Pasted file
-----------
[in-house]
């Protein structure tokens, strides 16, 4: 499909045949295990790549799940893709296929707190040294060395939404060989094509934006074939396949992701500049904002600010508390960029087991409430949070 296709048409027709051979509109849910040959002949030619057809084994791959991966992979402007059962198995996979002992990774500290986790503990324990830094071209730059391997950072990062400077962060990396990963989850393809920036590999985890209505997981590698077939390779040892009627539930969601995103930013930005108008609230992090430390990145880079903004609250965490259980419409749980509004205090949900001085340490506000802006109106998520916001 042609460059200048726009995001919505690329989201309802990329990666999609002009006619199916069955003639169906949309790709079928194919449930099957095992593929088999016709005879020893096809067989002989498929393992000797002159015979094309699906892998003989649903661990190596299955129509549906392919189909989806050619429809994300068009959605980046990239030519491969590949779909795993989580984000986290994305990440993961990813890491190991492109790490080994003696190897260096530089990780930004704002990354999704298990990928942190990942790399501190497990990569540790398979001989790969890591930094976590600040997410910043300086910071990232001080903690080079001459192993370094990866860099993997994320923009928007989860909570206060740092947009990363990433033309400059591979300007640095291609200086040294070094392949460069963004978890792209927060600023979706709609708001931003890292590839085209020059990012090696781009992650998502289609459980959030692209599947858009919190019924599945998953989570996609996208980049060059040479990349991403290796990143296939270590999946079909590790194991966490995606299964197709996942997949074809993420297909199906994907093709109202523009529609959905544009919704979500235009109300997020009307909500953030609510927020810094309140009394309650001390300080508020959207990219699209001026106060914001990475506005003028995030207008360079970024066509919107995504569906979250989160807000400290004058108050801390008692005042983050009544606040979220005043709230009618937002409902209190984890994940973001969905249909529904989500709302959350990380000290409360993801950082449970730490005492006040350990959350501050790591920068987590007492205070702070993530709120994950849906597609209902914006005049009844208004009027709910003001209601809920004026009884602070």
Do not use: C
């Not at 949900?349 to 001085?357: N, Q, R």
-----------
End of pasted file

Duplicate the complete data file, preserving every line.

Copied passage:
[in-house]
């Protein structure tokens, strides 16, 4: 499909045949295990790549799940893709296929707190040294060395939404060989094509934006074939396949992701500049904002600010508390960029087991409430949070 296709048409027709051979509109849910040959002949030619057809084994791959991966992979402007059962198995996979002992990774500290986790503990324990830094071209730059391997950072990062400077962060990396990963989850393809920036590999985890209505997981590698077939390779040892009627539930969601995103930013930005108008609230992090430390990145880079903004609250965490259980419409749980509004205090949900001085340490506000802006109106998520916001 042609460059200048726009995001919505690329989201309802990329990666999609002009006619199916069955003639169906949309790709079928194919449930099957095992593929088999016709005879020893096809067989002989498929393992000797002159015979094309699906892998003989649903661990190596299955129509549906392919189909989806050619429809994300068009959605980046990239030519491969590949779909795993989580984000986290994305990440993961990813890491190991492109790490080994003696190897260096530089990780930004704002990354999704298990990928942190990942790399501190497990990569540790398979001989790969890591930094976590600040997410910043300086910071990232001080903690080079001459192993370094990866860099993997994320923009928007989860909570206060740092947009990363990433033309400059591979300007640095291609200086040294070094392949460069963004978890792209927060600023979706709609708001931003890292590839085209020059990012090696781009992650998502289609459980959030692209599947858009919190019924599945998953989570996609996208980049060059040479990349991403290796990143296939270590999946079909590790194991966490995606299964197709996942997949074809993420297909199906994907093709109202523009529609959905544009919704979500235009109300997020009307909500953030609510927020810094309140009394309650001390300080508020959207990219699209001026106060914001990475506005003028995030207008360079970024066509919107995504569906979250989160807000400290004058108050801390008692005042983050009544606040979220005043709230009618937002409902209190984890994940973001969905249909529904989500709302959350990380000290409360993801950082449970730490005492006040350990959350501050790591920068987590007492205070702070993530709120994950849906597609209902914006005049009844208004009027709910003001209601809920004026009884602070």
Do not use: C
């Not at 949900?349 to 001085?357: N, Q, R």